From The Grand Junction Daily Sentinel (Dennis Webb):
The Natural Resources Conservation Service says it has dropped consideration of reducing the number of Colorado snow survey sites this winter, an idea that had been driven by budget cuts. The idea had drawn criticism from water managers and from U.S. Sens. Mark Udall and Michael Bennet, D-Colo., and U.S. Rep. Scott Tipton, R-Cortez.
Phyllis Ann Philipps, state conservationist in Colorado for the NRCS, told water interests in an Oct. 22 letter that it might be necessary to reduce the number of manual “snow course” measurement sites in the state, following a 15 percent reduction to the agency’s Snow Survey Program for the 2013 fiscal year and anticipated further budget restrictions due to sequestration. Automated sites using telemetry “will be maintained,” she said in the letter, which invited interested parties to an Oct. 28 public meeting on the issue.
“We’re going to continue the manual snow course measurements as recommended by the public forum,” William Shoup, acting snow survey supervisor in Colorado for the NRCS, said Tuesday.
He said the agency would detail its decision in another meeting Thursday.
Chris Treese, external affairs director for the Colorado River District, said that through congressional offices and other voices, “the message has been communicated and the NRCS and the (U.S. Department of Agriculture) are convinced that this isn’t the place that they need to cut.”
Udall spokesman Mike Saccone said Tuesday his office hadn’t been able to confirm the agency’s decision to back off the idea, but if it’s the case it’s welcome news. “Water is critically important to our water providers and certainly those managers on the Western Slope. … If true, this is a big victory for the Western Slope and the people of Colorado,” he said.
Udall, Bennet and Tipton jointly signed a letter to the Department of Agriculture Friday calling on the department and NRCS to make the manual sites a budget priority.
“In the face of prolonged drought, significant population growth and climate change, NRCS’ snow program data provides vital information on precipitation and future water supplies essential for Colorado and the entire American West,” their letter said.
They said snowpack can vary widely from basin to basin, and accurate measurements in each basin using both automated and manual data are “essential for water districts and municipalities to meet the demands of competing users.”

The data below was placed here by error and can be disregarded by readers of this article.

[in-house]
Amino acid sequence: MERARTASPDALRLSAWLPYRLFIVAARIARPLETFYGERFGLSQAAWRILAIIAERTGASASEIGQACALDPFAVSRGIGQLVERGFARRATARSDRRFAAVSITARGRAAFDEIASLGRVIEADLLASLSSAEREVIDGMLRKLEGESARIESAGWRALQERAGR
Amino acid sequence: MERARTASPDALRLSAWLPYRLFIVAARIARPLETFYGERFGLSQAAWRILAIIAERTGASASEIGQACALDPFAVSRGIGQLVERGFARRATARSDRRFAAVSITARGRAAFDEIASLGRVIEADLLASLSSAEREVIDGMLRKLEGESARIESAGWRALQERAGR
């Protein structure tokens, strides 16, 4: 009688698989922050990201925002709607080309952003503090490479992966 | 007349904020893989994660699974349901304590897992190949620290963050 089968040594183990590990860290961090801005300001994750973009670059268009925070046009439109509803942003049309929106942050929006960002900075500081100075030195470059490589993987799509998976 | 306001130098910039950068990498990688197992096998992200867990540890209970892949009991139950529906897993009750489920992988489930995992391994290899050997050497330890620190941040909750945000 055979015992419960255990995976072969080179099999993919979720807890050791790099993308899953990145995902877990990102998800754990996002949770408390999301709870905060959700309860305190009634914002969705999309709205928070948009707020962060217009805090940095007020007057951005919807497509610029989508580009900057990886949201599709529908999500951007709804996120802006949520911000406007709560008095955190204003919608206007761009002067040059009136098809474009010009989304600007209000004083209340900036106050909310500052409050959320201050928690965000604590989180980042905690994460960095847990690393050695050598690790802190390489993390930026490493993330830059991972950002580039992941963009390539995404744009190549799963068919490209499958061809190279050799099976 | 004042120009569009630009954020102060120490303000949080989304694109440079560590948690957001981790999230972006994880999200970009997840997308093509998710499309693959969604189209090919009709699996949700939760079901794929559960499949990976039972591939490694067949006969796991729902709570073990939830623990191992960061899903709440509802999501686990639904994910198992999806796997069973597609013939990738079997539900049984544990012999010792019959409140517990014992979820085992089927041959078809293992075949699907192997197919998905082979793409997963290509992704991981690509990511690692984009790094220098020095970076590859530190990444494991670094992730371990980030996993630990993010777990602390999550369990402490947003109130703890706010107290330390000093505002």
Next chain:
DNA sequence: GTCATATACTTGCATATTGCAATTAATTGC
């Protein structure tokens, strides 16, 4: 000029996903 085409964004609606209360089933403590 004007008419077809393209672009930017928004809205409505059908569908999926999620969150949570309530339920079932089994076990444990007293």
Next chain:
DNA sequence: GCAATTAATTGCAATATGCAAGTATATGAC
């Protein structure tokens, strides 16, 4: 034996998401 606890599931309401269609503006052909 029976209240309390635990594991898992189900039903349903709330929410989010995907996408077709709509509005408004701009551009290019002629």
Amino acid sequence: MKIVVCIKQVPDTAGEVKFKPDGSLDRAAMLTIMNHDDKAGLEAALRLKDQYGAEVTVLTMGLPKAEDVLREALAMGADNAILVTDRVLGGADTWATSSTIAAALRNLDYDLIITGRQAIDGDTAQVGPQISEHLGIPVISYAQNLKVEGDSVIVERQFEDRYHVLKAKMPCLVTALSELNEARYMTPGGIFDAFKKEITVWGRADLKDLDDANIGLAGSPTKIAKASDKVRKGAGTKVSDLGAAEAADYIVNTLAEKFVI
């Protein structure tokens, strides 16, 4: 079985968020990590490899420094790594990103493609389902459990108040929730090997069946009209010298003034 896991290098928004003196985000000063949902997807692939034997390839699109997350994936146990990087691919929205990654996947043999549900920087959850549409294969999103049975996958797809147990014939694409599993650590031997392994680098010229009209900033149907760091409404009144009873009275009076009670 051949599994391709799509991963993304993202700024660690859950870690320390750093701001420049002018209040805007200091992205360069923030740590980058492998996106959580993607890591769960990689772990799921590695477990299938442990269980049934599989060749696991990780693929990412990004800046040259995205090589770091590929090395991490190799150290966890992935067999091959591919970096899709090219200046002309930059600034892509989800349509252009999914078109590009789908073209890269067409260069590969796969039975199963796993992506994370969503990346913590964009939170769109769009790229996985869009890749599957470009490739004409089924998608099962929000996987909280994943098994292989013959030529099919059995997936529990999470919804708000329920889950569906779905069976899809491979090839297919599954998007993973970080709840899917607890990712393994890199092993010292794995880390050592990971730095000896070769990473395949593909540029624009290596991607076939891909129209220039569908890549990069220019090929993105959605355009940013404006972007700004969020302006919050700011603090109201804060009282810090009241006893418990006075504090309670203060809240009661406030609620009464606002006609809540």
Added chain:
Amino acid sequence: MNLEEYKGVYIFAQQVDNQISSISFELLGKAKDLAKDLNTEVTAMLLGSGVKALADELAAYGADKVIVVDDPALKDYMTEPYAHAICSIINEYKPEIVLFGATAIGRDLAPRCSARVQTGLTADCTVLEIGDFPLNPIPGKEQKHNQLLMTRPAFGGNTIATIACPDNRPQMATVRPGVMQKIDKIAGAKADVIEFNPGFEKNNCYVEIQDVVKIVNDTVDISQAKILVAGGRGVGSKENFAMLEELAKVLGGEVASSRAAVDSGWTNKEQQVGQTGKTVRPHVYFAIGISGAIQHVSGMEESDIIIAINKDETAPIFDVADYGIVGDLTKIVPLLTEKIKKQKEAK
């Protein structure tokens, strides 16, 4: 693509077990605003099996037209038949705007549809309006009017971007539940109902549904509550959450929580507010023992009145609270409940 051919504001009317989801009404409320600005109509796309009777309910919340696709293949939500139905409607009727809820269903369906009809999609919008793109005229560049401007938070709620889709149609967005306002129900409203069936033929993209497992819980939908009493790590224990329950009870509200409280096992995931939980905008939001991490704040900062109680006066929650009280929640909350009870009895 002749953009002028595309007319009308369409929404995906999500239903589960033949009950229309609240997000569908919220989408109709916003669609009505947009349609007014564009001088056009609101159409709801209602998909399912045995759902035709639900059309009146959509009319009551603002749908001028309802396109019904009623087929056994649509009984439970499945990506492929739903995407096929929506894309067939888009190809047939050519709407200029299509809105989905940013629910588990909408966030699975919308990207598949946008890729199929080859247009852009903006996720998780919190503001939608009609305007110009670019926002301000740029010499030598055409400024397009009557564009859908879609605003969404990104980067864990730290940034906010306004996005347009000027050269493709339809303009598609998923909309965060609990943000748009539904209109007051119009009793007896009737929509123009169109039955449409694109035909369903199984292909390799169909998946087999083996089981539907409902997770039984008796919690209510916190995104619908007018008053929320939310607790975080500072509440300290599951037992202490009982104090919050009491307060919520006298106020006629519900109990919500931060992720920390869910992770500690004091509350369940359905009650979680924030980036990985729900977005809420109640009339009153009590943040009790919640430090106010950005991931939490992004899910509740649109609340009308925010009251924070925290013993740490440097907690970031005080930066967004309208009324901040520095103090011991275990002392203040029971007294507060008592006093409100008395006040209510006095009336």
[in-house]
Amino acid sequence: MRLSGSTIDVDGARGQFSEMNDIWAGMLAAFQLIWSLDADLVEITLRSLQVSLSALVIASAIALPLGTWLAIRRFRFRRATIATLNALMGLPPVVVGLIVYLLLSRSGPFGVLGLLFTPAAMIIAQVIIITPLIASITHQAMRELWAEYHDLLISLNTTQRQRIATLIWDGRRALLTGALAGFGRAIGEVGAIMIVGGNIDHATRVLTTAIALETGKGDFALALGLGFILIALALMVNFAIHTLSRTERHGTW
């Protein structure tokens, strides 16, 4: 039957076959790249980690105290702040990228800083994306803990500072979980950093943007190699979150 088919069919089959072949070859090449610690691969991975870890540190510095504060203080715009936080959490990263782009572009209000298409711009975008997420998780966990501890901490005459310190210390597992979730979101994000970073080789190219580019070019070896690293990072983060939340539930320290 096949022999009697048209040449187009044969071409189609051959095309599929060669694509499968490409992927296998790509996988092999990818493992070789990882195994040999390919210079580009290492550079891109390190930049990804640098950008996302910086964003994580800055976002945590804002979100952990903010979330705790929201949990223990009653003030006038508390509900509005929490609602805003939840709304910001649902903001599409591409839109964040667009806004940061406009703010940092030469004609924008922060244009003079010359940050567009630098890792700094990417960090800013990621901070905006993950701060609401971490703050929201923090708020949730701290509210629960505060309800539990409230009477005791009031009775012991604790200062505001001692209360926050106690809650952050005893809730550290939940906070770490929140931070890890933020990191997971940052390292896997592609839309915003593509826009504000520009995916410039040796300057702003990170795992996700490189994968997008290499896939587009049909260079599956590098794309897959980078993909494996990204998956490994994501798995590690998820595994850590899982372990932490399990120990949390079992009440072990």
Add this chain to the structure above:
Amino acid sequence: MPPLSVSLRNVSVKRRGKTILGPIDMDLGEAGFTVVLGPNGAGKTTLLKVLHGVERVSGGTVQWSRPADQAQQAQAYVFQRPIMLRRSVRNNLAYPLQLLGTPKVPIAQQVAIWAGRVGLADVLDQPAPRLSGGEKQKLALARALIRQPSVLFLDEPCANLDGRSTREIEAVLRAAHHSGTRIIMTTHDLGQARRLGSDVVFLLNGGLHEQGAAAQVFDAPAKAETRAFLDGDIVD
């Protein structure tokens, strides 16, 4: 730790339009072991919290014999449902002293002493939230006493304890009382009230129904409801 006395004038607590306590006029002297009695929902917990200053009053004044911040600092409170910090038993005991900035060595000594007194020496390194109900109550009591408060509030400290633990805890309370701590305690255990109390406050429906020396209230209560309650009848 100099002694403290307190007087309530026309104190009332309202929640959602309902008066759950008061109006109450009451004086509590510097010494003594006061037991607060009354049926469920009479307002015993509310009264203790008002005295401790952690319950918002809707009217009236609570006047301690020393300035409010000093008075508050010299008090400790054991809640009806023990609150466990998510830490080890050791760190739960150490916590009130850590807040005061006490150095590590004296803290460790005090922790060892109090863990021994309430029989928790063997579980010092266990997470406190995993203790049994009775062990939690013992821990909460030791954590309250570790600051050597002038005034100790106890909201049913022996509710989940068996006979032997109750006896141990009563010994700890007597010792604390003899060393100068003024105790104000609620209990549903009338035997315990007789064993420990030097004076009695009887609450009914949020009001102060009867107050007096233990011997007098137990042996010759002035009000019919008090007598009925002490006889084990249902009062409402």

They also said the automated sites “can often face mechanical failure mid-winter, leaving the manual snow courses as the only sources of reliable data to meet local demands and interstate compact deliveries.”
The program has 104 manual snow survey sites in Colorado. Treese said some sit alongside automated sites and are used to double-check the automated operations and adjust or maintain them as needed. Some manual sites have been used for many decades.
“We wouldn’t want to lose that longevity, that time series of information,” he said.
Treese said the snowpack data help water managers plan for spring runoff and have reservoirs release or hold on to water depending on anticipated inflow. It aids in fulfilling water rights obligations and in managing river levels for purposes such as flood avoidance and helping endangered fish.
Shoup said the reduction in manual sites never reached the point of being a proposal by the NRCS. It simply was brought forward for discussion given the budget situation and the fact that data from some of the manual sites isn’t being used in water supply forecasting by the agency’s National Water and Climate Center in Portland, Ore., he said.
But he agreed about the importance of the long-term, historical data being generated by sites that in some cases date back to the 1800s. Those sites provide important information pertaining long-term climate change and the runoff impacts of dust on snow, he said. “There’s just a lot of different historical records that we find are very important,” he said.
He said he’s found ways to continue data collection from all the sites for less money through changes in how the operation is managed. For example, staff working in data collection at the agency’s Denver office also will be deployed into the field for measurements at Front Range sites, rather than paying NRCS field staff for that work.
Shoup said that while all the manual measurements will continue this year, he can’t speak to future years because it all depends on how much funding NRCS gets from Congress.
From The Denver Post (Kathy Chandler-Henry):
We’re hearing a lot about the Colorado Water Plan these days. What does it mean for our state, and especially for our headwaters counties? Because approximately 80 percent of the state’s water comes from the Western Slope, and about that same percentage of the population lives east of the Continental Divide, we have a vested interest in the plan’s process and outcomes.